August 10th, 2011
04:23 PM ET
When was the last time you, your children or anyone you know was treated for worms? If you’re under the age of 40, your likely answer is “Never!”
This is no accident. As a society we have become cleaner and cleaner, more and more antiseptic, more and more hygienic over the last half century.
As we’ve done so, a huge array of microorganisms - worms among them - have silently, and with no fanfare, vanished from our daily environments. Some worms have even gone extinct inside our pets.
Industrialized countries such as the United States began making serious efforts to sanitize their environments in the 19th century. These public health efforts have done more to reduce disease and enhance longevity than any medical intervention before or since.
But scientific evidence increasingly suggests that the victories achieved by cleanliness have come at a significant health cost that is only now beginning to be fully appreciated.
Earlier than 100 years ago, almost everyone died from infection, most often in childhood. That doesn’t happen anymore in the developed world. Conversely, more than 100 years ago (more or less) many autoimmune and inflammatory conditions that are very common today (rheumatoid arthritis, multiple sclerosis, type 1 diabetes, hay fever, asthma) were so rare as to be essentially non-existent. It turns out that these two facts are intimately related.
By cleaning up the environments in which we live, we have eradicated an incredible array of dangerous pathogens that used to cause disease by passing from person to person with relative impunity. But without even realizing we were doing it, we’ve also removed an even larger host of benign bugs (mostly bacteria) and relatively benign nasties (mostly worms) with which we were once in near constant contact from birth to death.
It is increasingly clear that these ubiquitous microorganisms co-evolved with humans for so long that our immune systems came to depend on them to learn what should be properly attacked and what could be ignored.
Most of us seem to do OK without the presence of these microbial teachers, but people with various genetic risk factors appear to be far more likely to develop autoimmune, allergic or asthmatic in the absence of our “old friends,” as these protective microbes have been called.
Evidence for this idea has been piling up for decades, and is far too vast for me to do more than touch upon here. First came studies showing that children raised around livestock on farms almost never get allergies or asthma, followed by other studies showing that rates of autoimmune and allergic disorders skyrocket when countries transition from third world to first world living conditions.
Finally, recent work has shown that various types of “old friend” microorganisms are able to suppress the types of inflammatory activity that promote so many modern immune-based maladies.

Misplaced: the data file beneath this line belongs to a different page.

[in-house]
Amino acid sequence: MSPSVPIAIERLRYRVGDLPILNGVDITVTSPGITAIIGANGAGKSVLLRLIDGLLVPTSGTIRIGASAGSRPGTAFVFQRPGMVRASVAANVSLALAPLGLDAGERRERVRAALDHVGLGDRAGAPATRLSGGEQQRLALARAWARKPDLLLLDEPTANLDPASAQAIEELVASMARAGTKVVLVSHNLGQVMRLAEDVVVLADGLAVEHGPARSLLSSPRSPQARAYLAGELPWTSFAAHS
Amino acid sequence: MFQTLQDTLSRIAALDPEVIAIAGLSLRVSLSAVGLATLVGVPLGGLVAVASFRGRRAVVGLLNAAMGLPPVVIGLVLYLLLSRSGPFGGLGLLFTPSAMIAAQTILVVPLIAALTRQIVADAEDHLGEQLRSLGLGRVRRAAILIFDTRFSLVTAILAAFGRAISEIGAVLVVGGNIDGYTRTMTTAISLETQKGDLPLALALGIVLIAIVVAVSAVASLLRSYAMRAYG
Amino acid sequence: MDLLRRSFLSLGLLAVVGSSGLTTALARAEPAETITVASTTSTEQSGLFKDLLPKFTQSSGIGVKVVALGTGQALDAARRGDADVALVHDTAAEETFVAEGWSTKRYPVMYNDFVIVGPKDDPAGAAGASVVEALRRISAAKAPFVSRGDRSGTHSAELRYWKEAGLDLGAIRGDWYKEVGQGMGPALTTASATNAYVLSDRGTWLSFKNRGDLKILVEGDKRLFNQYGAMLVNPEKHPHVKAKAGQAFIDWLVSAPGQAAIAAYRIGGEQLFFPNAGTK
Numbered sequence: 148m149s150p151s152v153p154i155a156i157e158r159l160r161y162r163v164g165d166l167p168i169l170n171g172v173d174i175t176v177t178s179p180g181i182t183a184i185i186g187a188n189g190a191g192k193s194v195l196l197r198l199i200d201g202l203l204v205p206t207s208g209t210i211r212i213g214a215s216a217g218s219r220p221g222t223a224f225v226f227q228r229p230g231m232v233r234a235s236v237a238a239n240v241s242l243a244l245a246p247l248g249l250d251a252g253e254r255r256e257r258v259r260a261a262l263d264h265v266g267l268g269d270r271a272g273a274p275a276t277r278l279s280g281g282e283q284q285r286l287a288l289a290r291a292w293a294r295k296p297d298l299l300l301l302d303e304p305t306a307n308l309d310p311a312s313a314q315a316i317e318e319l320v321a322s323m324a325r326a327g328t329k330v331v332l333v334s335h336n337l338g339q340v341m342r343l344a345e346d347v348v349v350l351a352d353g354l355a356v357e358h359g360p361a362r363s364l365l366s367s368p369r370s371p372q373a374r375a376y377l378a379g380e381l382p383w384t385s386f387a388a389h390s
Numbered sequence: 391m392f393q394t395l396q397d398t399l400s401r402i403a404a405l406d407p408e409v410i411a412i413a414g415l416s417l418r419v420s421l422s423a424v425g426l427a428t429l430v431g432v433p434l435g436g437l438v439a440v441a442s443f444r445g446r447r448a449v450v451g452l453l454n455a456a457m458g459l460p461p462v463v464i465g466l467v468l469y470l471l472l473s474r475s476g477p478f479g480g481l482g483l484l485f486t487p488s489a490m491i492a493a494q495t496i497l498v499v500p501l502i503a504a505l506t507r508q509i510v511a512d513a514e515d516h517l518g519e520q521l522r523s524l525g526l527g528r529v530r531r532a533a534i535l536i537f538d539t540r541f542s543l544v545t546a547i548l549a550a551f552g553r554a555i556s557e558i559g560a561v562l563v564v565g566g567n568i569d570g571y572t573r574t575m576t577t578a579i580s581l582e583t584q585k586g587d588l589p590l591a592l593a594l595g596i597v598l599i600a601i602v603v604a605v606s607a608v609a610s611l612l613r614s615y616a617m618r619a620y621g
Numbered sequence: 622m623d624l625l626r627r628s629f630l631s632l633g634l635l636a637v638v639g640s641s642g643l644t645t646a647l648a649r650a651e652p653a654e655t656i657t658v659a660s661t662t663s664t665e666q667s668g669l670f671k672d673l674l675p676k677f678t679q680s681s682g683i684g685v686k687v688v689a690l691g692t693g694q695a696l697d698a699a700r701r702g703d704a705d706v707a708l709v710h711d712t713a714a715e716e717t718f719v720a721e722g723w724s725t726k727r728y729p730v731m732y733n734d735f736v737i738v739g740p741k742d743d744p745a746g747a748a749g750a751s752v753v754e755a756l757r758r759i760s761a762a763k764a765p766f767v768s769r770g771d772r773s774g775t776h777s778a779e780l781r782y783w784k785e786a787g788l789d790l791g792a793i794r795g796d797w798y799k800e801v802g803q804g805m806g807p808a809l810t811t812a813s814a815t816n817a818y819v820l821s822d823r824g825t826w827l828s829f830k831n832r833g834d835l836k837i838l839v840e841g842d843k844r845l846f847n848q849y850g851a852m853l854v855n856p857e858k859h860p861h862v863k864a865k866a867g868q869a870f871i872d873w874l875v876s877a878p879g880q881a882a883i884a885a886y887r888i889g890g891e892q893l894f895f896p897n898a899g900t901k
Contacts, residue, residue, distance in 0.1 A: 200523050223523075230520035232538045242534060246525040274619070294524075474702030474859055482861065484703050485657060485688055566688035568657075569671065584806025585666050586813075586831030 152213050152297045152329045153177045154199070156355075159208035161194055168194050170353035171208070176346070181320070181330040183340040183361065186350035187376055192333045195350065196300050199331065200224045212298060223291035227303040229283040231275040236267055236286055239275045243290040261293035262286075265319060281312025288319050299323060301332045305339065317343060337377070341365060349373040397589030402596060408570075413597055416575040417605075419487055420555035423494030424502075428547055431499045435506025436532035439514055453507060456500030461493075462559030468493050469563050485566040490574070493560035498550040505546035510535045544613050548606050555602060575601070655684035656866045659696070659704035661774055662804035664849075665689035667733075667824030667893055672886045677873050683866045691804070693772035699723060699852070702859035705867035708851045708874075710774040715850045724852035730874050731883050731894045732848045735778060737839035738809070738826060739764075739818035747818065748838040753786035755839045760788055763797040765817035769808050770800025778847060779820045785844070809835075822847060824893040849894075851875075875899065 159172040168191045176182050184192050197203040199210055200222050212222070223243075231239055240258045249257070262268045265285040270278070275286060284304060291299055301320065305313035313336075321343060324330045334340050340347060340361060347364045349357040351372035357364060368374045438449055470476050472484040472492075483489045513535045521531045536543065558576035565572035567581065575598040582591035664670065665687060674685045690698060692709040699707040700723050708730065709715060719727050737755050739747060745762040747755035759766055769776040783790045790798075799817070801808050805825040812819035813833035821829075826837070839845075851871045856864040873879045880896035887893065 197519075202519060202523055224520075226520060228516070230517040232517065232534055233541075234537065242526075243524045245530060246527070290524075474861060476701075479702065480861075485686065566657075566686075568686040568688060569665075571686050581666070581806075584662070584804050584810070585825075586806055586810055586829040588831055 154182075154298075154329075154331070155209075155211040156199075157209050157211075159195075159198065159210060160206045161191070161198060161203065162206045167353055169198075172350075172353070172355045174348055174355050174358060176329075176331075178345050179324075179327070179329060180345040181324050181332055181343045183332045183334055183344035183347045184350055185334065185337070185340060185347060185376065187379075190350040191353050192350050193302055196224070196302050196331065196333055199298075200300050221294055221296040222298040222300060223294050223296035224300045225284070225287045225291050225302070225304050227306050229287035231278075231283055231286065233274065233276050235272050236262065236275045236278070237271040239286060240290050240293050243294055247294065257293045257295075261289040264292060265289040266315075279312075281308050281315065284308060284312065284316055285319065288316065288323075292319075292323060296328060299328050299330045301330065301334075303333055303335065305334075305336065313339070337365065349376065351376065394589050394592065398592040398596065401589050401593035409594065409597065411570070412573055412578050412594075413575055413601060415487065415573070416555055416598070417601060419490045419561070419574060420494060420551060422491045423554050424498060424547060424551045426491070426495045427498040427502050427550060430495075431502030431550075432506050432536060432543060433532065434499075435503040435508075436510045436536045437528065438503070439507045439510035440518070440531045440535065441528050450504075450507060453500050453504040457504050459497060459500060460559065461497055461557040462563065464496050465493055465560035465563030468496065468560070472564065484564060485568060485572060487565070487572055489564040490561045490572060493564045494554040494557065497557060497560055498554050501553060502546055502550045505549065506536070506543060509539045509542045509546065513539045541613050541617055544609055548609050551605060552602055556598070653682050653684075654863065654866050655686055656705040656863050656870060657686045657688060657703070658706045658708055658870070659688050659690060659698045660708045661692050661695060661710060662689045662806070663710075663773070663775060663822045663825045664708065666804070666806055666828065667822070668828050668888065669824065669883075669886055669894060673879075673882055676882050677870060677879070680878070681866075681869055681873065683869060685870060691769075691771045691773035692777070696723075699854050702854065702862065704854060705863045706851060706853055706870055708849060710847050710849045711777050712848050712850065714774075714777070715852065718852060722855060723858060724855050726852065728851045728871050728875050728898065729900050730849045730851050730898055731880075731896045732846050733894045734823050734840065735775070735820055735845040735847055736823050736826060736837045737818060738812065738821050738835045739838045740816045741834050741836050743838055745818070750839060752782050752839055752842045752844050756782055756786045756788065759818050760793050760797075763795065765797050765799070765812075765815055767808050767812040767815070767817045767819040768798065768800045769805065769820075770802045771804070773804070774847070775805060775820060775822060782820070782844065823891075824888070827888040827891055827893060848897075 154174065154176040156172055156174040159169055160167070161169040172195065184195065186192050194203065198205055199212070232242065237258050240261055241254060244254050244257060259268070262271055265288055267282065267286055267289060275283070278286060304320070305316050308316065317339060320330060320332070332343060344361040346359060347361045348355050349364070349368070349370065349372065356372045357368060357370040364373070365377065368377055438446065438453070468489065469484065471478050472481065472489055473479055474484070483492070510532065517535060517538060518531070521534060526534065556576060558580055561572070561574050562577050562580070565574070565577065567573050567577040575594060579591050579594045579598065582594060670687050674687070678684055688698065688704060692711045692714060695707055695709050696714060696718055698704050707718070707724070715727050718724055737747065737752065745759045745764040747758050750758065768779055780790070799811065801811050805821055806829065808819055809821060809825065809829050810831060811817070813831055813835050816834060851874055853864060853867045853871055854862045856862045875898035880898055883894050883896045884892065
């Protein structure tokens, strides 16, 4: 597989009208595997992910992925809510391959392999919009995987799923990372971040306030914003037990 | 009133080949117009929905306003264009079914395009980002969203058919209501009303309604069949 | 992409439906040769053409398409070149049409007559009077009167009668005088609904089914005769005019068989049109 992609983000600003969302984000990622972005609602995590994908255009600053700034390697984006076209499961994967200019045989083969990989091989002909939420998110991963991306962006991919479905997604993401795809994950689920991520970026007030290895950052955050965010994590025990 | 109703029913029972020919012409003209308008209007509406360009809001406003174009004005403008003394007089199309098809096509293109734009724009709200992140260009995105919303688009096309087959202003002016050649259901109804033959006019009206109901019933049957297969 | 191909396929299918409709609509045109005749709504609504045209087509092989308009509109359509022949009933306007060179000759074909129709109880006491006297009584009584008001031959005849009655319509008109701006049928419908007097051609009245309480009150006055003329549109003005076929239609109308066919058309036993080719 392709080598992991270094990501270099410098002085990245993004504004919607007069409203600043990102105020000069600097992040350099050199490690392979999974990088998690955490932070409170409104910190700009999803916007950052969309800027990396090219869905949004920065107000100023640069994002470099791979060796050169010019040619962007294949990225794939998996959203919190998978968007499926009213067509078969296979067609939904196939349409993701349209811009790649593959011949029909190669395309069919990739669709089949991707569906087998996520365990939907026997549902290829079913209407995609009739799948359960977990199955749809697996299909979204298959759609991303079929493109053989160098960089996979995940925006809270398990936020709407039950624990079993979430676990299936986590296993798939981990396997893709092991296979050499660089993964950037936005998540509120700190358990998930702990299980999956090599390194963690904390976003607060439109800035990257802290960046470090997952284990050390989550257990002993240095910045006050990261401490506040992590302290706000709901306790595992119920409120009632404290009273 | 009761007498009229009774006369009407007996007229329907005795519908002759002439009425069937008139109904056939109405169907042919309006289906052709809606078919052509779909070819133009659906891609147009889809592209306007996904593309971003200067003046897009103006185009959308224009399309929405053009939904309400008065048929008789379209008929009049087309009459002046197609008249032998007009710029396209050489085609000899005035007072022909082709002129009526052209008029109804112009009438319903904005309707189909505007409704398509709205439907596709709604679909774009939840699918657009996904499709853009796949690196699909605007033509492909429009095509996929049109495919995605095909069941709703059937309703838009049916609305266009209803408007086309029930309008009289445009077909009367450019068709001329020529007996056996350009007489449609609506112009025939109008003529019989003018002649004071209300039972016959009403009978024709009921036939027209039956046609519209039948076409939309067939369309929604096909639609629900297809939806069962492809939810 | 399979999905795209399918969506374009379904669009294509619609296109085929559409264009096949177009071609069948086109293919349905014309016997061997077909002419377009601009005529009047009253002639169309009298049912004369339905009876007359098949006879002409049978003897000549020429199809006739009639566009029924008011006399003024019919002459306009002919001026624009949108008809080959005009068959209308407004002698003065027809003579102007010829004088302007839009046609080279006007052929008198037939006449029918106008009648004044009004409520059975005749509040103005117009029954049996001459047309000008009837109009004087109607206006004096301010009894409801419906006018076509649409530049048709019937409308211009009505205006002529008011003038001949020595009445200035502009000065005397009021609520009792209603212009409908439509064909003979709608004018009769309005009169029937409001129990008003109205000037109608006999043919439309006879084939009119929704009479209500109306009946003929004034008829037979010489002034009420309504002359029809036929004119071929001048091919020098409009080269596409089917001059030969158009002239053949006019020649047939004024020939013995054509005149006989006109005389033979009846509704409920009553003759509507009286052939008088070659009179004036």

Back to the worms. If loss of contact with “old friend” microorganisms increases the risk for developing autoimmune diseases and asthma/allergy, is it possible that reintroducing these organisms might help treat these diseases? Increasingly the answer appears to be yes.
Recent studies suggest that treating people with worms may improve multiple sclerosis, type 1 diabetes and inflammatory bowel disease. And another “old friend” species—this time a harmless bacterium related to the tuberculosis bug—has been shown to enhance survival when combined with chemotherapy for the treatment of a type of cancer known as adenocarcinoma of the lung.
Remarkably, this bacterium, known as M. vaccae, has also been shown to reduce depression and anxiety in patients with cancer, suggesting that the “old friends” might hold promise for the treatment of psychiatric conditions.
This isn’t as outlandish an idea as it sounds. Like allergic and autoimmune disorders, major depression appears to have dramatically increased in prevalence in the modern world. Moreover, all the other immune-based diseases that become common in societies that modernize are also strongly associated with depression.
For example, asthma in childhood strongly predicts the development of depression in adulthood. Finally, as a group, people with depression, even when they are otherwise medically healthy, show many of the same types of inflammatory abnormalities that characterize allergic and autoimmune diseases.
Treating depression with worms or bacteria is not ready for prime time, but a clear implication of recent scientific findings is that we do our children no favors when we insist they live in a hyper-sterilized world. Playing in the dirt, and a few kisses from dogs now and then, may literally be good for both their physical and mental health.
For a more detailed discussion of ideas in this blog, see my article "Inflammation, Sanitation and Consternation: Loss of Contact with Co-Evolved, Tolerogenic Micro-Organisms and the Pathophysiology and Treatment of Major Depression" in the December 2010 edition of Archives of General Psychiatry.
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